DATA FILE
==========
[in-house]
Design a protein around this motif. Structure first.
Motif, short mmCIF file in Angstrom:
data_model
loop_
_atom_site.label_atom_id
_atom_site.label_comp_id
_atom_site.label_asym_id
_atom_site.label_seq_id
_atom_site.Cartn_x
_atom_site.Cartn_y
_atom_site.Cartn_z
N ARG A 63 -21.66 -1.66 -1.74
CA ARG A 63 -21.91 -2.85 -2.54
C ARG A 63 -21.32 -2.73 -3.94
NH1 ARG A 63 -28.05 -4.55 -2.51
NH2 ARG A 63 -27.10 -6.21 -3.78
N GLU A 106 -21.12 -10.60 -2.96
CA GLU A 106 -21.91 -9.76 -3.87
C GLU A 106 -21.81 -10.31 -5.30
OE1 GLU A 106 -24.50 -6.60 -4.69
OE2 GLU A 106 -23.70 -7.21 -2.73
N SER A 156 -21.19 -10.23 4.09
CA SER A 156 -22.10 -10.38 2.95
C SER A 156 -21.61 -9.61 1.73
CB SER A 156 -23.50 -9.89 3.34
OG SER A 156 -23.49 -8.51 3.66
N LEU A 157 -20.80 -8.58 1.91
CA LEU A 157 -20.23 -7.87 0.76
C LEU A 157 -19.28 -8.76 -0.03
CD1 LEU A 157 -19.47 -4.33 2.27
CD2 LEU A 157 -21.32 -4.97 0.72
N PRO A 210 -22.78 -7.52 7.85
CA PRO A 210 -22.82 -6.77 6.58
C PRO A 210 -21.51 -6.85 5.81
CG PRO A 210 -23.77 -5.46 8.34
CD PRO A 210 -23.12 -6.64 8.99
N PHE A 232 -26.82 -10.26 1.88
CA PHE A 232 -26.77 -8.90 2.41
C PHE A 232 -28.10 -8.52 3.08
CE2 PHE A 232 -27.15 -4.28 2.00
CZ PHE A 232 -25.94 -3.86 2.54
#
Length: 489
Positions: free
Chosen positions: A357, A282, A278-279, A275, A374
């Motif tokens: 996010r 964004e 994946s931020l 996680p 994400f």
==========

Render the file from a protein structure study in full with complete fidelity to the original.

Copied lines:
[in-house]
Design a protein around this motif. Structure first.
Motif, short mmCIF file in Angstrom:
data_model
loop_
_atom_site.label_atom_id
_atom_site.label_comp_id
_atom_site.label_asym_id
_atom_site.label_seq_id
_atom_site.Cartn_x
_atom_site.Cartn_y
_atom_site.Cartn_z
N ARG A 63 -21.66 -1.66 -1.74
CA ARG A 63 -21.91 -2.85 -2.54
C ARG A 63 -21.32 -2.73 -3.94
NH1 ARG A 63 -28.05 -4.55 -2.51
NH2 ARG A 63 -27.10 -6.21 -3.78
N GLU A 106 -21.12 -10.60 -2.96
CA GLU A 106 -21.91 -9.76 -3.87
C GLU A 106 -21.81 -10.31 -5.30
OE1 GLU A 106 -24.50 -6.60 -4.69
OE2 GLU A 106 -23.70 -7.21 -2.73
N SER A 156 -21.19 -10.23 4.09
CA SER A 156 -22.10 -10.38 2.95
C SER A 156 -21.61 -9.61 1.73
CB SER A 156 -23.50 -9.89 3.34
OG SER A 156 -23.49 -8.51 3.66
N LEU A 157 -20.80 -8.58 1.91
CA LEU A 157 -20.23 -7.87 0.76
C LEU A 157 -19.28 -8.76 -0.03
CD1 LEU A 157 -19.47 -4.33 2.27
CD2 LEU A 157 -21.32 -4.97 0.72
N PRO A 210 -22.78 -7.52 7.85
CA PRO A 210 -22.82 -6.77 6.58
C PRO A 210 -21.51 -6.85 5.81
CG PRO A 210 -23.77 -5.46 8.34
CD PRO A 210 -23.12 -6.64 8.99
N PHE A 232 -26.82 -10.26 1.88
CA PHE A 232 -26.77 -8.90 2.41
C PHE A 232 -28.10 -8.52 3.08
CE2 PHE A 232 -27.15 -4.28 2.00
CZ PHE A 232 -25.94 -3.86 2.54
#
Length: 489
Positions: free
Chosen positions: A357, A282, A278-279, A275, A374
């Motif tokens: 996010r 964004e 994946s931020l 996680p 994400f």